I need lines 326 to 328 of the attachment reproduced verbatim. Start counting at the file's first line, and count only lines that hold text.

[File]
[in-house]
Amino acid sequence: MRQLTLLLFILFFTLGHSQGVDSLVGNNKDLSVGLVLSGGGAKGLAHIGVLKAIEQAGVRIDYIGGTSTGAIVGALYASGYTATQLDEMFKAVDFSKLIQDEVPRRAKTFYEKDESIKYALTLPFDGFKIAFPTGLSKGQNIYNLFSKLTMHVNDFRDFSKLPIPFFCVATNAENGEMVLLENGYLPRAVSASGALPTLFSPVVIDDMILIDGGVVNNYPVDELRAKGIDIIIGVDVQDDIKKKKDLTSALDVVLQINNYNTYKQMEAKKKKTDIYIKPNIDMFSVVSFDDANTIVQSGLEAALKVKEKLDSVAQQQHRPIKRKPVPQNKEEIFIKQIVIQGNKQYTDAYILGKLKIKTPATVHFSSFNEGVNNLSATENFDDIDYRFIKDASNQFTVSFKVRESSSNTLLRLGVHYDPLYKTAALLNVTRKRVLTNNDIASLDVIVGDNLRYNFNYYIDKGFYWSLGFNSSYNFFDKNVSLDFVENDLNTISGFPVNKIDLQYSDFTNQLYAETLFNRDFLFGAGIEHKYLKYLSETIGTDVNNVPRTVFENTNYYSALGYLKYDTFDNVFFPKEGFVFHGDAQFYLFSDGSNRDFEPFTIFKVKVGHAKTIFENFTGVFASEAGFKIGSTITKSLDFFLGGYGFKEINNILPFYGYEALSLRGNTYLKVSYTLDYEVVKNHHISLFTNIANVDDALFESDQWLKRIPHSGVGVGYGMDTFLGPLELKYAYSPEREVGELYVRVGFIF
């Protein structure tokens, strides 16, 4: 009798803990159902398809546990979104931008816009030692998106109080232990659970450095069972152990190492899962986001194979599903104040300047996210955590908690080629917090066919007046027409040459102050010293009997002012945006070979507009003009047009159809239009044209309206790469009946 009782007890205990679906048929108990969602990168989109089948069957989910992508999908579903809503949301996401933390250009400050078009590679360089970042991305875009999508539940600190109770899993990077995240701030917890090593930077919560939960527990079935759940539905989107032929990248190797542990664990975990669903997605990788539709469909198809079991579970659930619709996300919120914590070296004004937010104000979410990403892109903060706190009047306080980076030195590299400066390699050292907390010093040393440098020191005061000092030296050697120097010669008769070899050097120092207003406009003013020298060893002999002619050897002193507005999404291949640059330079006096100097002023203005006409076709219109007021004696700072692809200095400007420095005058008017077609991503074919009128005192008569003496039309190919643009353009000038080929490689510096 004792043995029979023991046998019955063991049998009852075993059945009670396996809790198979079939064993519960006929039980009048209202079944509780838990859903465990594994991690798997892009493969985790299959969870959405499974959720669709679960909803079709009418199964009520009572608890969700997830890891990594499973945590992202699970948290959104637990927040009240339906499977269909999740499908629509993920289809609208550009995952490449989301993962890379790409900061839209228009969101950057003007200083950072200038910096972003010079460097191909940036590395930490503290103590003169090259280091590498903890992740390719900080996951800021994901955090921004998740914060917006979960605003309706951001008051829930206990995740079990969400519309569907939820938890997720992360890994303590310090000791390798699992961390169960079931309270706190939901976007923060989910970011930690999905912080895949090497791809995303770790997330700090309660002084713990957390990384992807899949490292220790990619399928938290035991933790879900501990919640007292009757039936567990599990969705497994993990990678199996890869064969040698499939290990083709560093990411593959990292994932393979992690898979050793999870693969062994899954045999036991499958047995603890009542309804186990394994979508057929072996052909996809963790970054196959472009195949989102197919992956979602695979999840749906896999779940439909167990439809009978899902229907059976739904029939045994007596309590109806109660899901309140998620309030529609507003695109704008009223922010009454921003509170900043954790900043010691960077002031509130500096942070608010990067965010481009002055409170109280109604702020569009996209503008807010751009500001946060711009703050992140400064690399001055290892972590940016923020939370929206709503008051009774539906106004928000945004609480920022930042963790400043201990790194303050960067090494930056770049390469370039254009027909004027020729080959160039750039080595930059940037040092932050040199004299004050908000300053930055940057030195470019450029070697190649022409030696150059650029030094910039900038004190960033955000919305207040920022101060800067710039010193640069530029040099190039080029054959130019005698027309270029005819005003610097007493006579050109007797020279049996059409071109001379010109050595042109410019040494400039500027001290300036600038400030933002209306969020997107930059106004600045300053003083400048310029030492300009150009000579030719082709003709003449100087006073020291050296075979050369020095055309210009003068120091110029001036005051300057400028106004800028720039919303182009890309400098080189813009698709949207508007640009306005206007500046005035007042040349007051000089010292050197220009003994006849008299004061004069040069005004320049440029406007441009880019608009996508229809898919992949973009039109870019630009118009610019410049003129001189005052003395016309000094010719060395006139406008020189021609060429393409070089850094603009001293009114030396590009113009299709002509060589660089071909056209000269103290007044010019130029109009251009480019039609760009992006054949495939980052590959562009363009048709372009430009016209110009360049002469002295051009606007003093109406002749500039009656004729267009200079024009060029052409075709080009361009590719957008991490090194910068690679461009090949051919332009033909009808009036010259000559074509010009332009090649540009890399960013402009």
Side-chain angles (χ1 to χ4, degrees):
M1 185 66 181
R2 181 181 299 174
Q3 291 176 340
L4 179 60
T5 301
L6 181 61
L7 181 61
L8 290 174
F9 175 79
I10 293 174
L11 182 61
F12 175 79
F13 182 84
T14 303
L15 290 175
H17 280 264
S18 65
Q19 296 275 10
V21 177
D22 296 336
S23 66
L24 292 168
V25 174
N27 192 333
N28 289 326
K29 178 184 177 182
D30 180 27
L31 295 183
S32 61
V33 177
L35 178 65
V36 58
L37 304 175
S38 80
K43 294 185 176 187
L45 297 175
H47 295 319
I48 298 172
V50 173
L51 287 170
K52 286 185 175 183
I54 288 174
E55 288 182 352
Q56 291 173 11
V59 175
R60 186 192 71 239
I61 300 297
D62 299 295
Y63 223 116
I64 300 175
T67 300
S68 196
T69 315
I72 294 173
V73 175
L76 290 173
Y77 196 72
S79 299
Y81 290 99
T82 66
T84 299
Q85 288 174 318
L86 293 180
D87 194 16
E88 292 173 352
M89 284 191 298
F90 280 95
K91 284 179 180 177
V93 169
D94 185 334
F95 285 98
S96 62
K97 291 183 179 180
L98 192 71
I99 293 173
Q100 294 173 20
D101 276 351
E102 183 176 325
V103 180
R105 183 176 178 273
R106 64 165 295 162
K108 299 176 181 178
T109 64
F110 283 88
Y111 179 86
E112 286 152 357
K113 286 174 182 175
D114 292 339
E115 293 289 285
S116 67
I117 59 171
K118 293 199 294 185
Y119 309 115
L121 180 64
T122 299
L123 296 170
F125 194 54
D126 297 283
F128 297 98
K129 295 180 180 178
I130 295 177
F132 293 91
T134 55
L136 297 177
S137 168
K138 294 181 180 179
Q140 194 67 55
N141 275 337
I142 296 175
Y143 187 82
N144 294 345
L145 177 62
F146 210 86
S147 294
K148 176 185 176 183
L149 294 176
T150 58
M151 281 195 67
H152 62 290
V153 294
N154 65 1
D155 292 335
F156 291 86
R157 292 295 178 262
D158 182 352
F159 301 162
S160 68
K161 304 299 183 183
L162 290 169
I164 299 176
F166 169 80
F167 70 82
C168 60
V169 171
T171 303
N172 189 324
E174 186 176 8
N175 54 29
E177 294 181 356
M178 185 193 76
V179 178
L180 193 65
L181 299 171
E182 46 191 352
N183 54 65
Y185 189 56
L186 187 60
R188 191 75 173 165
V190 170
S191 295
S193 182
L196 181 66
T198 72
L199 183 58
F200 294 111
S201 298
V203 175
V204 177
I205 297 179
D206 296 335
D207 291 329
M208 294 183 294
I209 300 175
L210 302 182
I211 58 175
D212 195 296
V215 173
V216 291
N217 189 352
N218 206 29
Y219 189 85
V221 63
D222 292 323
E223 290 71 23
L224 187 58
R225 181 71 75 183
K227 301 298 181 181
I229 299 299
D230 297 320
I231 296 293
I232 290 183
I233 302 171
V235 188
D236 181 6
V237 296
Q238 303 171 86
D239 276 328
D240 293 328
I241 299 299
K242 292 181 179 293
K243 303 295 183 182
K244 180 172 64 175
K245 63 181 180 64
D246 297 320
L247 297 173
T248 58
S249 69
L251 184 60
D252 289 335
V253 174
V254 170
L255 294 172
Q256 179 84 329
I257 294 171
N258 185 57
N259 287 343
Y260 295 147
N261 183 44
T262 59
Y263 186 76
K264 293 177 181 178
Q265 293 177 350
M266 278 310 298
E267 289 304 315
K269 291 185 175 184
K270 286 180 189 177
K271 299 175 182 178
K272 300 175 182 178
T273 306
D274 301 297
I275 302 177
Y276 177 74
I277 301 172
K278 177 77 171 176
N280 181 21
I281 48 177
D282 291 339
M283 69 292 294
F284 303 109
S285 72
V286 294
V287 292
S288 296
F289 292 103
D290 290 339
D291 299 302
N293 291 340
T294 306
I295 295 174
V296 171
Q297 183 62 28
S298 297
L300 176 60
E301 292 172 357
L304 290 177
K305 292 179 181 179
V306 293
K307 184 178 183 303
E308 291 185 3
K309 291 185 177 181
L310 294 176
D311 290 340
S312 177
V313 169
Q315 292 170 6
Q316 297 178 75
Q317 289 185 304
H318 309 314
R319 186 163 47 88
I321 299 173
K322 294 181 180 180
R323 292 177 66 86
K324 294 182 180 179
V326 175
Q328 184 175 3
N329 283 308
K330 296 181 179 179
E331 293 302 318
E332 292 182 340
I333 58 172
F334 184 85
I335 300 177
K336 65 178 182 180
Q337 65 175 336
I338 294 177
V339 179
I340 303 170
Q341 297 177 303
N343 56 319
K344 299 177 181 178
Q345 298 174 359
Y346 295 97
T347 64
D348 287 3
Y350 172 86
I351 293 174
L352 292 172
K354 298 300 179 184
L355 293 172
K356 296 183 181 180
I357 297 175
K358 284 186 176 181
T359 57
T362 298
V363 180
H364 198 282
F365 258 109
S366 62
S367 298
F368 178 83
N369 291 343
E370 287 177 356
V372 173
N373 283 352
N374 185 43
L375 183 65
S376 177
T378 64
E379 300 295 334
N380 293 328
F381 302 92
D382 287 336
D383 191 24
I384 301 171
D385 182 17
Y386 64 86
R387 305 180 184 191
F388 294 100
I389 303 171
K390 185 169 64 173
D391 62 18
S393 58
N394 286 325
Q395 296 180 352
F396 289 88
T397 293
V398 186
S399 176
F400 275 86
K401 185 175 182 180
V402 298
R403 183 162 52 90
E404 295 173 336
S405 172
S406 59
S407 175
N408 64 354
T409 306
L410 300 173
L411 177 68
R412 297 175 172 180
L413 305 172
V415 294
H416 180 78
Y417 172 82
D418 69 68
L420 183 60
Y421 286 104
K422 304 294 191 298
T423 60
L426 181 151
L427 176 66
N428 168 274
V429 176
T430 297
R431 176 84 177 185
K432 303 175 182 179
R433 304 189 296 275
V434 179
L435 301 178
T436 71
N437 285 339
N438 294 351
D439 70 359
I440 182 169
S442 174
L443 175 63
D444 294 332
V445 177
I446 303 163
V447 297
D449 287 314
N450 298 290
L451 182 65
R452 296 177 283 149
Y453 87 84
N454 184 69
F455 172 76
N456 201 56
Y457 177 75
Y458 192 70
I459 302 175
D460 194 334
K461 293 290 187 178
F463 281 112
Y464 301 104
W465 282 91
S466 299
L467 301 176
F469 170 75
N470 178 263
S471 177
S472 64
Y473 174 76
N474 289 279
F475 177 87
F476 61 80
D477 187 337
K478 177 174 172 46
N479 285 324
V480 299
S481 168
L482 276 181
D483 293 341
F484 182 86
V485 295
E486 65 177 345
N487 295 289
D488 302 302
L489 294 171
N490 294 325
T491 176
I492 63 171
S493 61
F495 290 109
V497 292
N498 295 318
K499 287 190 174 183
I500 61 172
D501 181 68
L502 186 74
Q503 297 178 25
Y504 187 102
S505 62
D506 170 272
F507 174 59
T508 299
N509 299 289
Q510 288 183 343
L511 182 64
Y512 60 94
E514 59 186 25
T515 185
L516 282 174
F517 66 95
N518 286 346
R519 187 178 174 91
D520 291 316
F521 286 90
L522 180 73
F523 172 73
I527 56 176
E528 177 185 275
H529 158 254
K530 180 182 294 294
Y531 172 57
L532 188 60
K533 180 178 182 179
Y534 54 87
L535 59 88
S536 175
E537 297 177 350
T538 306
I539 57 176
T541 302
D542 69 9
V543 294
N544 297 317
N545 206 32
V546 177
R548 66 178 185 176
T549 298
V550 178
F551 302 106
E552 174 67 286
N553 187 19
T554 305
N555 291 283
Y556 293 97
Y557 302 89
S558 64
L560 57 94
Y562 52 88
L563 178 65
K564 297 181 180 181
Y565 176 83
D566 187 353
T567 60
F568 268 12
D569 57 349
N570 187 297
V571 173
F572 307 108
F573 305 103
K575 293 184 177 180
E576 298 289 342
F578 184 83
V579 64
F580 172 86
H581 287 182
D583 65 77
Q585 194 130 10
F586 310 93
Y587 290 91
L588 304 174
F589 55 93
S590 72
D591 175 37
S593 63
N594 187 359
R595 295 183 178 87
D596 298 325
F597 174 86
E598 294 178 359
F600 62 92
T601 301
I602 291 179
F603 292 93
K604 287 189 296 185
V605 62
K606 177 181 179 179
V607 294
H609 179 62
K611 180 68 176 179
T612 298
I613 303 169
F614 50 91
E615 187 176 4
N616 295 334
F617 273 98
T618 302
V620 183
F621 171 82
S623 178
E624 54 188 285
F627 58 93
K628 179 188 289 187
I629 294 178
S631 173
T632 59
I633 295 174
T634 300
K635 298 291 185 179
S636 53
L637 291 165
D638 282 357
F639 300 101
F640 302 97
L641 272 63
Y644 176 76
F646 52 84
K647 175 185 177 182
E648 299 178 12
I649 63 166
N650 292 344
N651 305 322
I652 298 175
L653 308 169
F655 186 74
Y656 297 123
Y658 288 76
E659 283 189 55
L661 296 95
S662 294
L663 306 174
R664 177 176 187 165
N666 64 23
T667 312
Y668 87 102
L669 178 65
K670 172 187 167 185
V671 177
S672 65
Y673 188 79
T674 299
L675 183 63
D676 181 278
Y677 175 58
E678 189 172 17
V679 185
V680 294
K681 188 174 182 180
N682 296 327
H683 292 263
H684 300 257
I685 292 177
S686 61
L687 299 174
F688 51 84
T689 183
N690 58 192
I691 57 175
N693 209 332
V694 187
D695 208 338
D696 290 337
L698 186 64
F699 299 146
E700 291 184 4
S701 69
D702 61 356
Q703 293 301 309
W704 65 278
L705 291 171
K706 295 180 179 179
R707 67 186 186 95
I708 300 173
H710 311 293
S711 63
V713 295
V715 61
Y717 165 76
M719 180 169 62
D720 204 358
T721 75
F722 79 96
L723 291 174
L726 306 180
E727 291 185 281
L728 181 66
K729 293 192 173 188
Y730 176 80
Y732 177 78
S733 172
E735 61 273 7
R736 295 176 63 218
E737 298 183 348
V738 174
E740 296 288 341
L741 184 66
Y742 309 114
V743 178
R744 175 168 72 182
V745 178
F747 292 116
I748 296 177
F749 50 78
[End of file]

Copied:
S393 58
N394 286 325
Q395 296 180 352